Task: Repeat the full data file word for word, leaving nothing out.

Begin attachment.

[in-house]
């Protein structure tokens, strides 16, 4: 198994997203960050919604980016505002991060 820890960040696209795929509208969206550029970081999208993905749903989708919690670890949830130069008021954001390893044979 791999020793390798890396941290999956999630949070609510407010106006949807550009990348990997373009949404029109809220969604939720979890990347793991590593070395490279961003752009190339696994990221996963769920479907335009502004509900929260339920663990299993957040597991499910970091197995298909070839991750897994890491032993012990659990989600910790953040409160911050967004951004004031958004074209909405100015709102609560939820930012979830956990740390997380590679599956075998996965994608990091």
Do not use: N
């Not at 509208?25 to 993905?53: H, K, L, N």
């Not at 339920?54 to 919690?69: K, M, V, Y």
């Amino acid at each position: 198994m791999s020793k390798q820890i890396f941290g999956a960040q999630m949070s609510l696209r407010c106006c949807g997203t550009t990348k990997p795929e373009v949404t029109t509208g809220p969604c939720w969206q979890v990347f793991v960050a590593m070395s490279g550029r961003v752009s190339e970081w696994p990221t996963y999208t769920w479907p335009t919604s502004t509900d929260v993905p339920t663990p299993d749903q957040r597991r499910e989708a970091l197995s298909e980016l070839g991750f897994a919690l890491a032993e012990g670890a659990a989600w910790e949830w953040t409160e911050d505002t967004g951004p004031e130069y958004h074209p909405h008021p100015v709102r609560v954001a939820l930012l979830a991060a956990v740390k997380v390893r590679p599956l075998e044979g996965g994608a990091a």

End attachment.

[in-house]
């Protein structure tokens, strides 16, 4: 198994997203960050919604980016505002991060 820890960040696209795929509208969206550029970081999208993905749903989708919690670890949830130069008021954001390893044979 791999020793390798890396941290999956999630949070609510407010106006949807550009990348990997373009949404029109809220969604939720979890990347793991590593070395490279961003752009190339696994990221996963769920479907335009502004509900929260339920663990299993957040597991499910970091197995298909070839991750897994890491032993012990659990989600910790953040409160911050967004951004004031958004074209909405100015709102609560939820930012979830956990740390997380590679599956075998996965994608990091």
Do not use: N
């Not at 509208?25 to 993905?53: H, K, L, N």
């Not at 339920?54 to 919690?69: K, M, V, Y």
């Amino acid at each position: 198994m791999s020793k390798q820890i890396f941290g999956a960040q999630m949070s609510l696209r407010c106006c949807g997203t550009t990348k990997p795929e373009v949404t029109t509208g809220p969604c939720w969206q979890v990347f793991v960050a590593m070395s490279g550029r961003v752009s190339e970081w696994p990221t996963y999208t769920w479907p335009t919604s502004t509900d929260v993905p339920t663990p299993d749903q957040r597991r499910e989708a970091l197995s298909e980016l070839g991750f897994a919690l890491a032993e012990g670890a659990a989600w910790e949830w953040t409160e911050d505002t967004g951004p004031e130069y958004h074209p909405h008021p100015v709102r609560v954001a939820l930012l979830a991060a956990v740390k997380v390893r590679p599956l075998e044979g996965g994608a990091a």